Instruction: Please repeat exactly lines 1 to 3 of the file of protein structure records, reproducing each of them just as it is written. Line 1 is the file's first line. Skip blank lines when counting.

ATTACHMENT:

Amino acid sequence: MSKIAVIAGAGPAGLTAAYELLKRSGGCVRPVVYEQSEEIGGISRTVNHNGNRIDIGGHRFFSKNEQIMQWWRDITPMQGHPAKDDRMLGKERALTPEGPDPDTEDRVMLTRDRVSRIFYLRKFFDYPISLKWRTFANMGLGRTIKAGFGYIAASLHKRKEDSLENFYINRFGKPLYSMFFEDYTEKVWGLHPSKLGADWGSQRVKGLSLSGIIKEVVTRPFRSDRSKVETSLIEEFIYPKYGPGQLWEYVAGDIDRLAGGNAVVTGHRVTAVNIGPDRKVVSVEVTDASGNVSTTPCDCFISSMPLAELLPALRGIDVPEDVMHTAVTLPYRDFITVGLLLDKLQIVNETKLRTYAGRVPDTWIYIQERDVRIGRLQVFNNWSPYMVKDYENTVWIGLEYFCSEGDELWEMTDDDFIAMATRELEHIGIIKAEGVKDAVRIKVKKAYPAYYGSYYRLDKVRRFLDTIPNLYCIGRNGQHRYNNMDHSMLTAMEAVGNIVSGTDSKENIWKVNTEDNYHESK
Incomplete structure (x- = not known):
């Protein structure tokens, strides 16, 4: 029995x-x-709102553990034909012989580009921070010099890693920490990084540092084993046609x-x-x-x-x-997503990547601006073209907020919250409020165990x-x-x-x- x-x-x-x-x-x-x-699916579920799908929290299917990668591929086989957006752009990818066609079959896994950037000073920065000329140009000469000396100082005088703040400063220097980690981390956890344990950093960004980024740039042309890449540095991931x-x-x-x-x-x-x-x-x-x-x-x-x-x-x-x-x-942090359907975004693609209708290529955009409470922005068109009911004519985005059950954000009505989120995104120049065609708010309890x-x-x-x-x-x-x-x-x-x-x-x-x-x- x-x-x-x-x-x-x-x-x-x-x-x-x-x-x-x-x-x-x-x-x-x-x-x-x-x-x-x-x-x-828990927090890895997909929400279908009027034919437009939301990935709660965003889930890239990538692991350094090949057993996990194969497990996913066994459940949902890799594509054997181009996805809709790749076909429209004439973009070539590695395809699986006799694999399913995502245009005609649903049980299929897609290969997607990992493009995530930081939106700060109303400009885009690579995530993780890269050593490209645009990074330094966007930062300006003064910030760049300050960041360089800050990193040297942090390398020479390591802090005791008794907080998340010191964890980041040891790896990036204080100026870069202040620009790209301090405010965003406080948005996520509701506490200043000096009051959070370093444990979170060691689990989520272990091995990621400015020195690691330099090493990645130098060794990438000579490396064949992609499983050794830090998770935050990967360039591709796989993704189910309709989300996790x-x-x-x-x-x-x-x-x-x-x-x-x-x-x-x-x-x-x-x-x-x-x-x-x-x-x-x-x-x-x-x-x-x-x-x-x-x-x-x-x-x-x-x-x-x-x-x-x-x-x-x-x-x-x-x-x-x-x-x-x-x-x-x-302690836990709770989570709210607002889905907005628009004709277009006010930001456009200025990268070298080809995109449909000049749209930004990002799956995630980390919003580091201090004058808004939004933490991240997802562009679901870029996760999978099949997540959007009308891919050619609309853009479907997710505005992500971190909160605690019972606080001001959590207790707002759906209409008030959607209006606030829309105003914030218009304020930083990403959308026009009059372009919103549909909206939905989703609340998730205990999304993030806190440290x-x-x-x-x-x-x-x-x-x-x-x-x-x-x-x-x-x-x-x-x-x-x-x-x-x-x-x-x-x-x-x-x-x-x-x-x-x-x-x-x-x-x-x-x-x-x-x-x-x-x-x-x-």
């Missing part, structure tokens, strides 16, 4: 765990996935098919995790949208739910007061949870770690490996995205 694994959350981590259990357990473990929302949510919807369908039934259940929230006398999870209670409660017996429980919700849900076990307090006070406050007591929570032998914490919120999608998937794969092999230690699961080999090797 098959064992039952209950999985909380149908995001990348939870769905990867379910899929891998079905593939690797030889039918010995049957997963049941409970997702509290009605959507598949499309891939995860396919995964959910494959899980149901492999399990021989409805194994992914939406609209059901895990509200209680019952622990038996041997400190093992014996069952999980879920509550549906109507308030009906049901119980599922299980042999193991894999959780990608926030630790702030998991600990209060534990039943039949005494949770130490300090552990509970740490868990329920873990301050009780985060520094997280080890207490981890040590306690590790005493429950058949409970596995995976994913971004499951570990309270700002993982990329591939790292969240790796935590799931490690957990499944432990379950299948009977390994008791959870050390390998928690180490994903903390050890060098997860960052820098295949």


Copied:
Amino acid sequence: MSKIAVIAGAGPAGLTAAYELLKRSGGCVRPVVYEQSEEIGGISRTVNHNGNRIDIGGHRFFSKNEQIMQWWRDITPMQGHPAKDDRMLGKERALTPEGPDPDTEDRVMLTRDRVSRIFYLRKFFDYPISLKWRTFANMGLGRTIKAGFGYIAASLHKRKEDSLENFYINRFGKPLYSMFFEDYTEKVWGLHPSKLGADWGSQRVKGLSLSGIIKEVVTRPFRSDRSKVETSLIEEFIYPKYGPGQLWEYVAGDIDRLAGGNAVVTGHRVTAVNIGPDRKVVSVEVTDASGNVSTTPCDCFISSMPLAELLPALRGIDVPEDVMHTAVTLPYRDFITVGLLLDKLQIVNETKLRTYAGRVPDTWIYIQERDVRIGRLQVFNNWSPYMVKDYENTVWIGLEYFCSEGDELWEMTDDDFIAMATRELEHIGIIKAEGVKDAVRIKVKKAYPAYYGSYYRLDKVRRFLDTIPNLYCIGRNGQHRYNNMDHSMLTAMEAVGNIVSGTDSKENIWKVNTEDNYHESK
Incomplete structure (x- = not known):
């Protein structure tokens, strides 16, 4: 029995x-x-709102553990034909012989580009921070010099890693920490990084540092084993046609x-x-x-x-x-997503990547601006073209907020919250409020165990x-x-x-x- x-x-x-x-x-x-x-699916579920799908929290299917990668591929086989957006752009990818066609079959896994950037000073920065000329140009000469000396100082005088703040400063220097980690981390956890344990950093960004980024740039042309890449540095991931x-x-x-x-x-x-x-x-x-x-x-x-x-x-x-x-x-942090359907975004693609209708290529955009409470922005068109009911004519985005059950954000009505989120995104120049065609708010309890x-x-x-x-x-x-x-x-x-x-x-x-x-x- x-x-x-x-x-x-x-x-x-x-x-x-x-x-x-x-x-x-x-x-x-x-x-x-x-x-x-x-x-x-828990927090890895997909929400279908009027034919437009939301990935709660965003889930890239990538692991350094090949057993996990194969497990996913066994459940949902890799594509054997181009996805809709790749076909429209004439973009070539590695395809699986006799694999399913995502245009005609649903049980299929897609290969997607990992493009995530930081939106700060109303400009885009690579995530993780890269050593490209645009990074330094966007930062300006003064910030760049300050960041360089800050990193040297942090390398020479390591802090005791008794907080998340010191964890980041040891790896990036204080100026870069202040620009790209301090405010965003406080948005996520509701506490200043000096009051959070370093444990979170060691689990989520272990091995990621400015020195690691330099090493990645130098060794990438000579490396064949992609499983050794830090998770935050990967360039591709796989993704189910309709989300996790x-x-x-x-x-x-x-x-x-x-x-x-x-x-x-x-x-x-x-x-x-x-x-x-x-x-x-x-x-x-x-x-x-x-x-x-x-x-x-x-x-x-x-x-x-x-x-x-x-x-x-x-x-x-x-x-x-x-x-x-x-x-x-x-302690836990709770989570709210607002889905907005628009004709277009006010930001456009200025990268070298080809995109449909000049749209930004990002799956995630980390919003580091201090004058808004939004933490991240997802562009679901870029996760999978099949997540959007009308891919050619609309853009479907997710505005992500971190909160605690019972606080001001959590207790707002759906209409008030959607209006606030829309105003914030218009304020930083990403959308026009009059372009919103549909909206939905989703609340998730205990999304993030806190440290x-x-x-x-x-x-x-x-x-x-x-x-x-x-x-x-x-x-x-x-x-x-x-x-x-x-x-x-x-x-x-x-x-x-x-x-x-x-x-x-x-x-x-x-x-x-x-x-x-x-x-x-x-």